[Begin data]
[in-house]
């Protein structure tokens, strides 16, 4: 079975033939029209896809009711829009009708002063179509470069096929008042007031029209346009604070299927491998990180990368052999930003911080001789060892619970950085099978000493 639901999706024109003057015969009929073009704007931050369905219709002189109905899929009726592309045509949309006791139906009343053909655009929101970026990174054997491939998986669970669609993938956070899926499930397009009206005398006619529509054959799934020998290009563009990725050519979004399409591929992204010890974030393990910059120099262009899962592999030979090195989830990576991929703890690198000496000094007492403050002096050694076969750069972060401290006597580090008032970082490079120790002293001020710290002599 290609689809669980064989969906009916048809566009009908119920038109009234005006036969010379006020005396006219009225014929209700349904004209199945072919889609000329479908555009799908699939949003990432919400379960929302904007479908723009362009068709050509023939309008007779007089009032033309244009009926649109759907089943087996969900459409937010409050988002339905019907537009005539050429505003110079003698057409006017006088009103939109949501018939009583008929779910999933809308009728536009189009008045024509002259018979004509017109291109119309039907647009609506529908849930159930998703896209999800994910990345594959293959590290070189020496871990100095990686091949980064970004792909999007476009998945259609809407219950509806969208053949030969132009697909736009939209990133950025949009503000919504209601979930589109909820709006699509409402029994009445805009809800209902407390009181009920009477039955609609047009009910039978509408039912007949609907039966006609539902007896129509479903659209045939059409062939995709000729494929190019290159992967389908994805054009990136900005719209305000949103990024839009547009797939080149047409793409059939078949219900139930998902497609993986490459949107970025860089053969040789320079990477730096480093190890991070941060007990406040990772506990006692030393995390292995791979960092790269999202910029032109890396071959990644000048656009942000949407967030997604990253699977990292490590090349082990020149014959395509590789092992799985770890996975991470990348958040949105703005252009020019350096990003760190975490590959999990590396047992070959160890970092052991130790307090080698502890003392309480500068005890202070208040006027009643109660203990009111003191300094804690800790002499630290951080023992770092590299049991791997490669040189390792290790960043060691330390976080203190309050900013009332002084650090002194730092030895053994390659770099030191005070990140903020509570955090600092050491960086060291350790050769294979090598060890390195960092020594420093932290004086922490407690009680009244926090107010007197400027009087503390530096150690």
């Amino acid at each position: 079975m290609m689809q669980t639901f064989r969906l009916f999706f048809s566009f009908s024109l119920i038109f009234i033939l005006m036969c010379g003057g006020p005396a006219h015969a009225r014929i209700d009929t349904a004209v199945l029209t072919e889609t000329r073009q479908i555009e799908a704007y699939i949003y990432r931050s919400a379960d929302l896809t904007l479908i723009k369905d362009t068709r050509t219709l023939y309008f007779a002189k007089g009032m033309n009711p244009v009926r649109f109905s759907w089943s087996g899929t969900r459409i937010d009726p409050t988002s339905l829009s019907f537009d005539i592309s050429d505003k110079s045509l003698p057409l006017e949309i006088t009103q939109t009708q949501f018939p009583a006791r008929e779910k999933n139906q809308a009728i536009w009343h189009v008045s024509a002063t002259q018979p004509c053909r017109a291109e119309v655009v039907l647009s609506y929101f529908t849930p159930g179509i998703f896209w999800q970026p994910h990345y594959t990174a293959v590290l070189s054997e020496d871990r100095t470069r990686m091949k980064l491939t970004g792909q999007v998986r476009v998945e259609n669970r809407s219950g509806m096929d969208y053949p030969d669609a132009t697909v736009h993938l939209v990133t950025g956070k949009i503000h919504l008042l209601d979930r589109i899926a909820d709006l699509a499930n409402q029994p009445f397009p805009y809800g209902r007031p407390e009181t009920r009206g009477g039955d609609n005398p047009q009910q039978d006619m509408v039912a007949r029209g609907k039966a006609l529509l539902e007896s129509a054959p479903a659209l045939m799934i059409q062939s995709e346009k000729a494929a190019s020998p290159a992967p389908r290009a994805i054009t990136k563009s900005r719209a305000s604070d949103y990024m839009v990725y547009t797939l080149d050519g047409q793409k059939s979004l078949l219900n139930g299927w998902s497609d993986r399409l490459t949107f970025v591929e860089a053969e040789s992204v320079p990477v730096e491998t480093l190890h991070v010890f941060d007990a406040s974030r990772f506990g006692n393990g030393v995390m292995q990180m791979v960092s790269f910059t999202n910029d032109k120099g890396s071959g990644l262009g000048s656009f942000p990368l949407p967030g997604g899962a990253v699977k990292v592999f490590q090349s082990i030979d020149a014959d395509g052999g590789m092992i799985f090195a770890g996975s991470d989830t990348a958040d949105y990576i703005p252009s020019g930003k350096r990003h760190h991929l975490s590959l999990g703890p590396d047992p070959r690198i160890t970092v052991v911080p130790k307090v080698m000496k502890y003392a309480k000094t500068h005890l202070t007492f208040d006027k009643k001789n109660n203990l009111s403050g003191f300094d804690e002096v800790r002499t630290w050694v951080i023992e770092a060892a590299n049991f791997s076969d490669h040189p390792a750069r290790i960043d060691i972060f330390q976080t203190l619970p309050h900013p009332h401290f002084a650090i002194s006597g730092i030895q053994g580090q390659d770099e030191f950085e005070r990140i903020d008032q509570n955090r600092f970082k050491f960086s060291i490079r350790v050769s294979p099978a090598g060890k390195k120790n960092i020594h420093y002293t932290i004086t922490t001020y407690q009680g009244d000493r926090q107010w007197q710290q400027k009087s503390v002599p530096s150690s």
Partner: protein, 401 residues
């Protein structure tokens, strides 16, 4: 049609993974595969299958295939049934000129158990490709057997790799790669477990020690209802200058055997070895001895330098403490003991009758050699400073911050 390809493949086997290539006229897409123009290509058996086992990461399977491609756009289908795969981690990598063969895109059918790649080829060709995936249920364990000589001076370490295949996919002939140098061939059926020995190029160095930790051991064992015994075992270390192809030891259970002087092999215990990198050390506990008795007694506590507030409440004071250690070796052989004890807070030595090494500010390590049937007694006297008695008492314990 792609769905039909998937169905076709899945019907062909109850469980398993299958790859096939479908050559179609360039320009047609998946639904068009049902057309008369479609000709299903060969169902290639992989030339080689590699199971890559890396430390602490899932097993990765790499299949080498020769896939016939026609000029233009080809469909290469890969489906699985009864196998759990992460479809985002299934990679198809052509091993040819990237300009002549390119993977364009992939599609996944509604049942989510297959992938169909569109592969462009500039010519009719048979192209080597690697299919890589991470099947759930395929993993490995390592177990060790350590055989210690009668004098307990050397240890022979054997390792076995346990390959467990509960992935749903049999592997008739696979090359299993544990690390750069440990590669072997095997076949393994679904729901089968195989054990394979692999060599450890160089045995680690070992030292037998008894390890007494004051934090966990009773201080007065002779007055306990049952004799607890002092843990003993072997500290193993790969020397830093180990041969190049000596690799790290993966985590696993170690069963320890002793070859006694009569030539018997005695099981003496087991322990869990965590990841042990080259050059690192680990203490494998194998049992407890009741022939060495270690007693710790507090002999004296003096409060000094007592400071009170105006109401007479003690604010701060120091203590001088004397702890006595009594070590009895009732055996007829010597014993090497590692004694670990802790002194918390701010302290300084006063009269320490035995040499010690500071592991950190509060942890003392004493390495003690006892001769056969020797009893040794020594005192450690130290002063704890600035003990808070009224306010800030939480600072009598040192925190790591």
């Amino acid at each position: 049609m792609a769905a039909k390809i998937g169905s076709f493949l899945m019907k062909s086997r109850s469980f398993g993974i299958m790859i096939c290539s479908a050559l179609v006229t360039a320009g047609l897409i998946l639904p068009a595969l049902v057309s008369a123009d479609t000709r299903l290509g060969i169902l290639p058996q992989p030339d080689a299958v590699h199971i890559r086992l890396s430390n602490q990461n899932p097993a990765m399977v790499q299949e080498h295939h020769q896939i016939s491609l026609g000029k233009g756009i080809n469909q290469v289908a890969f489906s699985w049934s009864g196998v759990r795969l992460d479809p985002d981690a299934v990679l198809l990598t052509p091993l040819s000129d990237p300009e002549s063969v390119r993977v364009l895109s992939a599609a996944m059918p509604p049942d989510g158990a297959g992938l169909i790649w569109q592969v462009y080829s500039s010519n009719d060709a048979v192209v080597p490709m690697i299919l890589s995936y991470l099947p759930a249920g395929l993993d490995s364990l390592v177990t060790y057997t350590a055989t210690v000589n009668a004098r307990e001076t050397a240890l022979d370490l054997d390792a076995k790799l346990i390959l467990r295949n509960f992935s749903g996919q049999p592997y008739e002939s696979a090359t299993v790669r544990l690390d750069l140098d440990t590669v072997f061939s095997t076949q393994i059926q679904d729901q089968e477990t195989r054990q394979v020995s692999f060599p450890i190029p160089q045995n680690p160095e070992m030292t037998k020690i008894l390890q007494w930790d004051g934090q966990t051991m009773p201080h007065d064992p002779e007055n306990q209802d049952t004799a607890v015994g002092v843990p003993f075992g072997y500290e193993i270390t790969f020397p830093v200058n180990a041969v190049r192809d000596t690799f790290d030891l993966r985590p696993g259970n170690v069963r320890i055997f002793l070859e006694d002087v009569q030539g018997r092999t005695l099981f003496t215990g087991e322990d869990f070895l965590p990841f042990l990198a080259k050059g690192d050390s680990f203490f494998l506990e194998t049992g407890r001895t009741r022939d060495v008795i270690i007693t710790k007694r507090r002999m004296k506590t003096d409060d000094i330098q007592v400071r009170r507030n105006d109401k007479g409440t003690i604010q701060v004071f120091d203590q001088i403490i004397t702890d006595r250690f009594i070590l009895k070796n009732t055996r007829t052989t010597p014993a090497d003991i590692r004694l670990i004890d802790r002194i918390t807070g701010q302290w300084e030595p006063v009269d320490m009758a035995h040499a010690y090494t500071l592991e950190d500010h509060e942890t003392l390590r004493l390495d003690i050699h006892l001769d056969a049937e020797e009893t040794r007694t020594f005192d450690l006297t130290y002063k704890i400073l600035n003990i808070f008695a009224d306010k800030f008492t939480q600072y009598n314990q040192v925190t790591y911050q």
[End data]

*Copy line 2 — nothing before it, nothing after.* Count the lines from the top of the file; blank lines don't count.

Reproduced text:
């Protein structure tokens, strides 16, 4: 079975033939029209896809009711829009009708002063179509470069096929008042007031029209346009604070299927491998990180990368052999930003911080001789060892619970950085099978000493 639901999706024109003057015969009929073009704007931050369905219709002189109905899929009726592309045509949309006791139906009343053909655009929101970026990174054997491939998986669970669609993938956070899926499930397009009206005398006619529509054959799934020998290009563009990725050519979004399409591929992204010890974030393990910059120099262009899962592999030979090195989830990576991929703890690198000496000094007492403050002096050694076969750069972060401290006597580090008032970082490079120790002293001020710290002599 290609689809669980064989969906009916048809566009009908119920038109009234005006036969010379006020005396006219009225014929209700349904004209199945072919889609000329479908555009799908699939949003990432919400379960929302904007479908723009362009068709050509023939309008007779007089009032033309244009009926649109759907089943087996969900459409937010409050988002339905019907537009005539050429505003110079003698057409006017006088009103939109949501018939009583008929779910999933809308009728536009189009008045024509002259018979004509017109291109119309039907647009609506529908849930159930998703896209999800994910990345594959293959590290070189020496871990100095990686091949980064970004792909999007476009998945259609809407219950509806969208053949030969132009697909736009939209990133950025949009503000919504209601979930589109909820709006699509409402029994009445805009809800209902407390009181009920009477039955609609047009009910039978509408039912007949609907039966006609539902007896129509479903659209045939059409062939995709000729494929190019290159992967389908994805054009990136900005719209305000949103990024839009547009797939080149047409793409059939078949219900139930998902497609993986490459949107970025860089053969040789320079990477730096480093190890991070941060007990406040990772506990006692030393995390292995791979960092790269999202910029032109890396071959990644000048656009942000949407967030997604990253699977990292490590090349082990020149014959395509590789092992799985770890996975991470990348958040949105703005252009020019350096990003760190975490590959999990590396047992070959160890970092052991130790307090080698502890003392309480500068005890202070208040006027009643109660203990009111003191300094804690800790002499630290951080023992770092590299049991791997490669040189390792290790960043060691330390976080203190309050900013009332002084650090002194730092030895053994390659770099030191005070990140903020509570955090600092050491960086060291350790050769294979090598060890390195960092020594420093932290004086922490407690009680009244926090107010007197400027009087503390530096150690």